RNA markers are an attractive target for diagnostic test development, Salvetat and colleagues note. RNA is written from the DNA genetic code, a process called transcription. After transcription, RNA is modified in a variety of ways for a variety of purposes, often but not always coding for a protein via “messenger” or mRNA.
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What Causes High Uric Acid Levels
- Certain medications, including low-dose aspirin, diuretics, vitamin B3 supplements, some chemotherapy drugs, and some immune-suppressing drugs
- Xylitol and sorbitol
- High blood insulin levels
Its been known for a long time how important it is to limit alcohol use and review your medication list with your health care providers if you have high uric acid.
The old thinking was that meat was a major contributor to high uric acid levels , but this theory was grounded in guesswork and has not held up to scientific testing.
The new kid on the block, and the most common root cause of high uric acid, is high insulin levelssometimes also called insulin resistance or pre-diabetes. Insulin resistance now affects more than 50% of all Americans and has reached epidemic proportions around the world, including in Portugal, where this study was conducted. High insulin levels tell the kidneys to reduce the amount of uric acid they release into the urine, allowing more uric acid to remain behind in the bloodstream.
In this interesting study, people with bipolar disorder who also happened to have insulin resistance were more likely to experience rapid cycling and less likely to improve in response to the mood stabilizer Lithium, suggesting that insulin resistance may contribute to the severity of bipolar symptoms.
Alcediag Announces First Blood Test To Diagnose Bipolar Disorder
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French mental health diagnostics company Alcediag announced the results of a study that identified six blood biomarkers as major hallmarks of bipolar disorder.
Alcediag said in a press release that its 410-subject study, published in NaturesTranslational Psychiatry,resulted in a reliable and accurate test capable of differentiating the depressive phases of bipolar disorder from unipolar depression.
This test, with high diagnostic performance, specificity and sensitivity greater than 80%, was facilitated by the combined use of RNA editing and artificial intelligence, the company said. The six biomarkers identified match modifications in the RNA sequence of genes associated with bipolar disorder.
“I am happy and proud to see this paper published in Nature magazines journal of Translational Psychiatry,Dinah Weissmann, deputy CEO of Alcediag, said in the release. The importance of our teams work is in harnessing the power of RNA editing a mechanism regulates RNA stability, splicing, gene expression and protein synthesis to create a high-performance test that is able to differentiate between unipolar depression and bipolar depression.
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Diagnosis Of Bipolar Disorder
In the United States, doctors do not diagnose bipolar disorder formally. You can define this disorder by distinctive symptoms. These are may be difficult to identify in certain situations. After the following conditions, psychologist-or-psychiatrist generally make a diagnosis of bipolar disorder:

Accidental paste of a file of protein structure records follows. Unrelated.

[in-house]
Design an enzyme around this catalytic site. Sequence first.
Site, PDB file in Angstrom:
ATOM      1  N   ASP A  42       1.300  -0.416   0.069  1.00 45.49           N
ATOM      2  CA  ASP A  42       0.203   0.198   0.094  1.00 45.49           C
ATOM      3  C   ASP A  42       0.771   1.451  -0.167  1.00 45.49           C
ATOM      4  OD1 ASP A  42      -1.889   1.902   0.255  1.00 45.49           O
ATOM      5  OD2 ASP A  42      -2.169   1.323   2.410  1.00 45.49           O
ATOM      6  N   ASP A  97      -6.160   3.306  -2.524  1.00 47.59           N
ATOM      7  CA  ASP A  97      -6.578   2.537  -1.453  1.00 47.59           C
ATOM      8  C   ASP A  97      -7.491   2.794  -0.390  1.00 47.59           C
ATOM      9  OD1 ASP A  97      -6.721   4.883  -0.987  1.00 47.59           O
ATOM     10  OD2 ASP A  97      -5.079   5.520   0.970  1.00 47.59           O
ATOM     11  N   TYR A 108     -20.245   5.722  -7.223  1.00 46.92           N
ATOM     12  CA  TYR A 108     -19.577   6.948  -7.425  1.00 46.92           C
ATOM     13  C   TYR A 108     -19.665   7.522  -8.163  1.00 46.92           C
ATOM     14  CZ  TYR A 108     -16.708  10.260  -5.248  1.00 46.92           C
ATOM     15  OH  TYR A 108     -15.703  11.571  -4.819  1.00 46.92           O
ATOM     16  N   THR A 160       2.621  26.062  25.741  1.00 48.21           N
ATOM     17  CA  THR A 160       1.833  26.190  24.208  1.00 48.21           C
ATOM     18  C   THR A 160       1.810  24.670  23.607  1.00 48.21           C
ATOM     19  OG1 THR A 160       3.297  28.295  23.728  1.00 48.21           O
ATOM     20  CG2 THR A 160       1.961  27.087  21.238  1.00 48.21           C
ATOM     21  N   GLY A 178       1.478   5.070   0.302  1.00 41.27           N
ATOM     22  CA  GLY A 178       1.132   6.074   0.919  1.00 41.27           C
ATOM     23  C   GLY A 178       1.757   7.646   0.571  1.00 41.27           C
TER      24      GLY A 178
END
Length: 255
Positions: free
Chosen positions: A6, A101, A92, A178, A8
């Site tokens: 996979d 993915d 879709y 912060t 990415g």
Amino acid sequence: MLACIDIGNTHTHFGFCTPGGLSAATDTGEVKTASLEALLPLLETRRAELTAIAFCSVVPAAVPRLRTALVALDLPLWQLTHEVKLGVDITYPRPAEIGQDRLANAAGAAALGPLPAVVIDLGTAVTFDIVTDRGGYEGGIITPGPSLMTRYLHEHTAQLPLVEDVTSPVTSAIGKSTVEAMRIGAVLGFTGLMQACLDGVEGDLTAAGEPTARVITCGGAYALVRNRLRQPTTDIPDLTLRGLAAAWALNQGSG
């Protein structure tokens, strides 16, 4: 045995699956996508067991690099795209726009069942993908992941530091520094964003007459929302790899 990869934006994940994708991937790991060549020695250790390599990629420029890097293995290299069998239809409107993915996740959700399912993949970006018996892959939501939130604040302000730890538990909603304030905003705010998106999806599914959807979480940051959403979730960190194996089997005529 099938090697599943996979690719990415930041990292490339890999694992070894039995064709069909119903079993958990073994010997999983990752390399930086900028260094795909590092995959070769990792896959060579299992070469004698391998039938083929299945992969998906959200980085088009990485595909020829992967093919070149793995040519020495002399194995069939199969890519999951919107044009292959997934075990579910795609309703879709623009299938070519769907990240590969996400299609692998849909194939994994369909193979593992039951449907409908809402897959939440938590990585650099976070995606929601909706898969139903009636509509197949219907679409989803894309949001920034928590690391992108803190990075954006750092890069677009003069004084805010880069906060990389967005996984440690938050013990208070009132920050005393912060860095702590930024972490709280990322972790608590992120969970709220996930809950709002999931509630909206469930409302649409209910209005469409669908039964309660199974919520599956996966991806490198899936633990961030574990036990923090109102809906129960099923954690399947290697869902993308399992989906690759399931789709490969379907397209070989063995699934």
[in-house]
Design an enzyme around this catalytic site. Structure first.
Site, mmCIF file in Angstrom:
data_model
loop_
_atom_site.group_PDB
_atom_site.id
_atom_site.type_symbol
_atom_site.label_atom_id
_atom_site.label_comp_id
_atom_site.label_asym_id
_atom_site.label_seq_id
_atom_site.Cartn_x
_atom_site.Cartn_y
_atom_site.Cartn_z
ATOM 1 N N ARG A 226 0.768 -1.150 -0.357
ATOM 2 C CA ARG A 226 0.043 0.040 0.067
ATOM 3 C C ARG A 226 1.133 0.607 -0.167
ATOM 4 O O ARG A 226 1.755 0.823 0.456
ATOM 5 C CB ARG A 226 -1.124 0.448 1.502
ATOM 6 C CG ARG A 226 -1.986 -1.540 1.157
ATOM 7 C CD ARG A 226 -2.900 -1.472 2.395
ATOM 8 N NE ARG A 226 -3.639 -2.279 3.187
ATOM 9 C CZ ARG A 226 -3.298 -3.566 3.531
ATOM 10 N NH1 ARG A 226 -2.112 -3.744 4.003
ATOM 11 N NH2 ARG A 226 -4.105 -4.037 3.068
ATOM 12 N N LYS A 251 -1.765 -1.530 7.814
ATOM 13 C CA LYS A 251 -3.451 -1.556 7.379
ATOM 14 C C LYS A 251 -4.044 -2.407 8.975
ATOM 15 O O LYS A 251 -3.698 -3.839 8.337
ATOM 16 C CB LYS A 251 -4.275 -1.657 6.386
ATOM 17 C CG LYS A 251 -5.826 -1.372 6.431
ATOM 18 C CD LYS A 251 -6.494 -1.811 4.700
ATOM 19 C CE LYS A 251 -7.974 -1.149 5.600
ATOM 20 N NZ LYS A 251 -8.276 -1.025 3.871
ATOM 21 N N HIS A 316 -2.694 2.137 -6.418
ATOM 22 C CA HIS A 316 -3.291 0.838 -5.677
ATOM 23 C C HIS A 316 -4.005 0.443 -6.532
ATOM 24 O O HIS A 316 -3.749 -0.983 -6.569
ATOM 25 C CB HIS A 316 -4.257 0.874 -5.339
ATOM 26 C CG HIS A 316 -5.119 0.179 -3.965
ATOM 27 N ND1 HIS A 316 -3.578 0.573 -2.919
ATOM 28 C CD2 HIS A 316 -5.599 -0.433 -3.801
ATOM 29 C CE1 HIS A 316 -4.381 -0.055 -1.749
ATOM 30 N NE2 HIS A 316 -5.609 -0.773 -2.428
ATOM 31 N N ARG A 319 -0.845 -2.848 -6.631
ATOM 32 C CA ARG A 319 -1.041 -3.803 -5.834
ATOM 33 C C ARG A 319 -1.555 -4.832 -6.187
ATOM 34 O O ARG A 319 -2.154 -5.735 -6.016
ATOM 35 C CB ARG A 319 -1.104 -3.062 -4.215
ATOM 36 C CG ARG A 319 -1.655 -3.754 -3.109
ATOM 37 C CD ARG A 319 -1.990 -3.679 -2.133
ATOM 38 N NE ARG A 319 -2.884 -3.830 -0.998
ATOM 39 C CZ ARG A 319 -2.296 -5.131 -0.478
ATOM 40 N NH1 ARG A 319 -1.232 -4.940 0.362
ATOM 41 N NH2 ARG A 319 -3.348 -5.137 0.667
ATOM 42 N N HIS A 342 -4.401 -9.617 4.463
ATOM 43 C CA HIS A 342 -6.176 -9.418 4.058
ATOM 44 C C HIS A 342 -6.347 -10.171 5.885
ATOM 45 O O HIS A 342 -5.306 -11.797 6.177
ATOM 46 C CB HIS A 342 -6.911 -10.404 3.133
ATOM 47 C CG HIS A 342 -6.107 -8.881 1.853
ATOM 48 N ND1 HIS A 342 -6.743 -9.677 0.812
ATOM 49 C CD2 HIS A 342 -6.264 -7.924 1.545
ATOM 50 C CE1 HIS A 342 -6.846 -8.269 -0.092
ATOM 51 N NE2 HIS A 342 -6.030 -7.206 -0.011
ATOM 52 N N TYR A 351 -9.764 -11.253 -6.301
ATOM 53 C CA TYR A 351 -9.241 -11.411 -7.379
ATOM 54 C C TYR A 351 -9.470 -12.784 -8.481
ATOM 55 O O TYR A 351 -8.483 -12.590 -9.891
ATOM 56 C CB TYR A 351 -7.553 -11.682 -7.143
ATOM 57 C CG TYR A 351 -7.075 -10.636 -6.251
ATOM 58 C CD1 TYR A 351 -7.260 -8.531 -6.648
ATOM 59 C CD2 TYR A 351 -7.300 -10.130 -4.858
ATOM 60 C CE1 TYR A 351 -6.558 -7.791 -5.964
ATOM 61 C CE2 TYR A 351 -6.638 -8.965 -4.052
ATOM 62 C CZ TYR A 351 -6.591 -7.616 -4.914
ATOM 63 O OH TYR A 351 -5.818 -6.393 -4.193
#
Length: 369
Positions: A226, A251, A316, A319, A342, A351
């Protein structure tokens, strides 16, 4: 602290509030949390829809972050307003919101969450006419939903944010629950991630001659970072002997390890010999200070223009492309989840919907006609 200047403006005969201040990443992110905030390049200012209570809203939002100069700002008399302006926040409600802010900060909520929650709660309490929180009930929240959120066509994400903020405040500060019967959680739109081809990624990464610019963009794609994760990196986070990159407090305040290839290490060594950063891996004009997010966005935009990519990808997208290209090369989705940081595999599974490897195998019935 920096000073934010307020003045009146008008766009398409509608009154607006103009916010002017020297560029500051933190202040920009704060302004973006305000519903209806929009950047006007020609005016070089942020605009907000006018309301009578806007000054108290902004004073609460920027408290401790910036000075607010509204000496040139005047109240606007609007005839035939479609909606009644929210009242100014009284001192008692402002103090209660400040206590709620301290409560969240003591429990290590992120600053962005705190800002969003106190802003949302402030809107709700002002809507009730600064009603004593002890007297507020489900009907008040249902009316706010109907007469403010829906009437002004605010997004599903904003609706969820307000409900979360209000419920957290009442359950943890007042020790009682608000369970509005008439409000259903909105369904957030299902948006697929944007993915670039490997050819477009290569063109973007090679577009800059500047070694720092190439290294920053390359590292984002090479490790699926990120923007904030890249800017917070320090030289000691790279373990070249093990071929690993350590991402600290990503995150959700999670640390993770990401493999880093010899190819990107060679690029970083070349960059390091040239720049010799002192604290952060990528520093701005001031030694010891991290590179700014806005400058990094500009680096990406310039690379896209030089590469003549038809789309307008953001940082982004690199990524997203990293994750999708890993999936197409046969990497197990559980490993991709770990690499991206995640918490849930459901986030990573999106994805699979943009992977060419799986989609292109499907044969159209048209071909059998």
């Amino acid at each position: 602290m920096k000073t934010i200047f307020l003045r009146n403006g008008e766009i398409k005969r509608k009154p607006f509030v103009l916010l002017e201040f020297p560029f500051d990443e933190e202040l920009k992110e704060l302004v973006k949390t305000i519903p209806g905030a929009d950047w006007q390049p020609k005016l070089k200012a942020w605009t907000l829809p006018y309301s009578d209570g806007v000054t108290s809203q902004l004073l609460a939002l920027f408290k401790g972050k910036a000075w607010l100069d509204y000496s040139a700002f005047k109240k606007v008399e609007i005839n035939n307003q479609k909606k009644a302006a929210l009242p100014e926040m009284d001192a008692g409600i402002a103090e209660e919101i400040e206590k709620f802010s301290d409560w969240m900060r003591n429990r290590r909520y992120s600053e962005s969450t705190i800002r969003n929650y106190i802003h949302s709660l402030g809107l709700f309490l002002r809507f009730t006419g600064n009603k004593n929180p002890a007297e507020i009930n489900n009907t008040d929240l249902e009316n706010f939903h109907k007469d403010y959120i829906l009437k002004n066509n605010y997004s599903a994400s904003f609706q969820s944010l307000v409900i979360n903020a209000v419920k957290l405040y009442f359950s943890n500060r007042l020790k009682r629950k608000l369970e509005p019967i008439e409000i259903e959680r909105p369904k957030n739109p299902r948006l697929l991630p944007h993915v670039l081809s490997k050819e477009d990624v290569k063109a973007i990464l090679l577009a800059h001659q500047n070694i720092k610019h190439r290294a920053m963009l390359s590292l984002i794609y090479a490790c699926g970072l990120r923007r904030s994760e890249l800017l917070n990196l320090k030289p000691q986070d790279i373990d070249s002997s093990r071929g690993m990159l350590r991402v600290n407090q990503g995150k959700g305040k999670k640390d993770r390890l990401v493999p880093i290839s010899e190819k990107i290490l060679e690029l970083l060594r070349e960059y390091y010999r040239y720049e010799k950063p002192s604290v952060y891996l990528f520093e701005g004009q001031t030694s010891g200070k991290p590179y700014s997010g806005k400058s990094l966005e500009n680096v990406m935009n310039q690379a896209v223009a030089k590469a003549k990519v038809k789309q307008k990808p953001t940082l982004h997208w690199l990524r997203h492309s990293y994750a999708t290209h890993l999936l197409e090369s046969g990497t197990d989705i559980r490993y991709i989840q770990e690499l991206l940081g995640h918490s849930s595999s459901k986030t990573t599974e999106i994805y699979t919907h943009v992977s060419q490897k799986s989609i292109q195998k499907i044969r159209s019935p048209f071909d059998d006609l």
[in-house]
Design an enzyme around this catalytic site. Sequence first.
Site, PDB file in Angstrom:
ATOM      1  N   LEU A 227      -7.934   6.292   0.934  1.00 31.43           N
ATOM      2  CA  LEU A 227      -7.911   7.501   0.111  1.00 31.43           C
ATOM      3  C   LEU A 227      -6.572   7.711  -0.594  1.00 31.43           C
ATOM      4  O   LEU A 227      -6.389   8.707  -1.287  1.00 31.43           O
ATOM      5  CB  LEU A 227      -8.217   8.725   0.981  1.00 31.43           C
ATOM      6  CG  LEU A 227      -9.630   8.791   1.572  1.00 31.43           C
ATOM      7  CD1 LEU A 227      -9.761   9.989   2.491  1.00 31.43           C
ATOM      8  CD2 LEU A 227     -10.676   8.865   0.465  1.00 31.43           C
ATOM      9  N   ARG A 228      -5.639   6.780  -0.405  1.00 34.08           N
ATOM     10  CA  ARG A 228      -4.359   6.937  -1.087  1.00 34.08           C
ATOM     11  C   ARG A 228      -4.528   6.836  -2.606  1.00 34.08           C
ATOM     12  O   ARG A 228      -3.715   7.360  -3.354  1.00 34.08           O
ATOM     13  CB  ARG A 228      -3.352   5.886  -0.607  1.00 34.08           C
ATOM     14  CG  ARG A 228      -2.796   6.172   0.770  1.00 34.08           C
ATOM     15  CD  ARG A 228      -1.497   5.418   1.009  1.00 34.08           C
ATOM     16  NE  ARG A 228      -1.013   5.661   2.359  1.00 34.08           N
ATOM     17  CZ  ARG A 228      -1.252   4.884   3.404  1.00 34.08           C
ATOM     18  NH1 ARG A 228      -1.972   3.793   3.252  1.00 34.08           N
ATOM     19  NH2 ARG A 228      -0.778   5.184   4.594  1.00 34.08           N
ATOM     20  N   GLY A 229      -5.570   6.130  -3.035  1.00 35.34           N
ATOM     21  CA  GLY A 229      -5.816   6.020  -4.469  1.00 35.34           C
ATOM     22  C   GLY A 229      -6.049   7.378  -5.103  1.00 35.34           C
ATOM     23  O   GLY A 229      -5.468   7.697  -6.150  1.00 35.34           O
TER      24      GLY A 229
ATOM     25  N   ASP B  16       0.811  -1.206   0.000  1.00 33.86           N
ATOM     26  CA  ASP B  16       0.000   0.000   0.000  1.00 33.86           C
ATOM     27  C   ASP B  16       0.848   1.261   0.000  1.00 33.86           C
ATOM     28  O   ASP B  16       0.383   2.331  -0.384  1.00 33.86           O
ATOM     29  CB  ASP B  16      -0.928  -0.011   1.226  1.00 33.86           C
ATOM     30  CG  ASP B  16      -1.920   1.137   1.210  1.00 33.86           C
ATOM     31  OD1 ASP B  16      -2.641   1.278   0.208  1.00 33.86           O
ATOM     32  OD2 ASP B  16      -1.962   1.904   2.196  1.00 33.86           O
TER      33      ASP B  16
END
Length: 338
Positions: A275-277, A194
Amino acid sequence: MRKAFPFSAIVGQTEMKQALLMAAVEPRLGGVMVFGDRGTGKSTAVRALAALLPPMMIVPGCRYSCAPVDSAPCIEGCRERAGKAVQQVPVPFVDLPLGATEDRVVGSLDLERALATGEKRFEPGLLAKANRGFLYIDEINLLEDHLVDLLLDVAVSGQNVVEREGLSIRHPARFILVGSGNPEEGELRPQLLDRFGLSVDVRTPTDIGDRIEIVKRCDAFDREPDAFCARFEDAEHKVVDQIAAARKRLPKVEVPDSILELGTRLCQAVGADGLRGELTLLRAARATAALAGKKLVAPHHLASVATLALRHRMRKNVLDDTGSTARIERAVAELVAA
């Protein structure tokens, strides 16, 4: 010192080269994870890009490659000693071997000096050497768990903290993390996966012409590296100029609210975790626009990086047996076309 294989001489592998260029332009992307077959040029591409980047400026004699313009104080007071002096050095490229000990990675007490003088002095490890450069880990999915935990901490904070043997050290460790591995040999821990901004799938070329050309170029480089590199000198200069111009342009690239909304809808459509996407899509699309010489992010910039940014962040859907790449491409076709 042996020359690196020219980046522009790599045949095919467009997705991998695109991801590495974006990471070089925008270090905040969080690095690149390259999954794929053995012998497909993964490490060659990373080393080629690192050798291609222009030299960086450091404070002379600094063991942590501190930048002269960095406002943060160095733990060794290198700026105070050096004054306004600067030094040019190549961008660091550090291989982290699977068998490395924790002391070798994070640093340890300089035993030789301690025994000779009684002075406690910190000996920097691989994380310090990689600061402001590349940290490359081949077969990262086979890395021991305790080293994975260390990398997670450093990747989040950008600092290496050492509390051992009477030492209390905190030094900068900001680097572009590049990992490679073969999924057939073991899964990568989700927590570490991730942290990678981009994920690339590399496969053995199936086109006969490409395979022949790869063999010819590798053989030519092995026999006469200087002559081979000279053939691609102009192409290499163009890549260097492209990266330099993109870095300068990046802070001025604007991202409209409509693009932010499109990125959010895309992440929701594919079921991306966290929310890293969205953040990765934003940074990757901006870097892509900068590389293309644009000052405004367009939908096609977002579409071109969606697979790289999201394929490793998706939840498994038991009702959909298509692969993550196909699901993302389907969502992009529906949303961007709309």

- You must have previously had a manic episode.
- A history of depressive symptoms appears in a persons medical records.
- Individuals with bipolar disorder frequently or throughout most of their life experience manic symptoms, according to current or past evidence.
Because detecting bipolar disorder takes many versions, the diagnosis process may take years. This is because a manic episode is defined as a period of abnormally elevated mood or euphoria. This interferes with an individuals functioning and social life, it is difficult to diagnose someone who has only had one. Even if a person fulfills all of the criteria for bipolar disorder, he or she must be examined by a mental health professional. This is to receive an accurate diagnosis.
Researchers Develop A Blood Test For Depression And Bipolar Disorder
via IU School of Medicine
Worldwide, 1 in 4 people will suffer from a depressive episode in their lifetime
While current diagnosis and treatment approaches are largely trial and error, a breakthrough study by Indiana University School of Medicine researchers sheds new light on the biological basis of mood disorders, and offers a promising blood test aimed at a precision medicine approach to treatment.
Led by Alexander B. Niculescu, MD, PhD, Professor of Psychiatry at IU School of Medicine, the study was published today in the high impact journal Molecular Psychiatry. The work builds on previous research conducted by Niculescu and his colleagues into blood biomarkers that track suicidality as well as pain, post-traumatic stress disorder and Alzheimers disease.
We have pioneered the area of precision medicine in psychiatry over the last two decades, particularly over the last 10 years. This study represents a current state-of-the-art outcome of our efforts, said Niculescu. This is part of our effort to bring psychiatry from the 19th century into the 21st century. To help it become like other contemporary fields such as oncology. Ultimately, the mission is to save and improve lives.
This comprehensive study took place over four years, with over 300 participants recruited primarily from the patient population at the Richard L. Roudebush VA Medical Center in Indianapolis. The team used a careful four-step approach of discovery, prioritization, validation and testing.
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What Do Findings Mean For Treatments
Treatment for bipolar disorder often involves a combination of medication, psychotherapy, lifestyle changes, social and family support. It can take some time to find the right medication.
From this perspective, the idea of a blood test for bipolar disorder can offer some hope. The 2021 study found mBDNF levels were higher in those taking antidepressants. This suggests that perhaps a blood test can assess the effectiveness of some medications.
When asked if people with bipolar disorder undergoing treatment should ask for this kind of blood testing, Ditzell explains that the tests need further development.
I dont think we are there yet, but may hopefully be there in the future, said Ditzell. I would not rush out to ask for such a test, as it currently is of limited diagnostic value and may well be cost-prohibitive.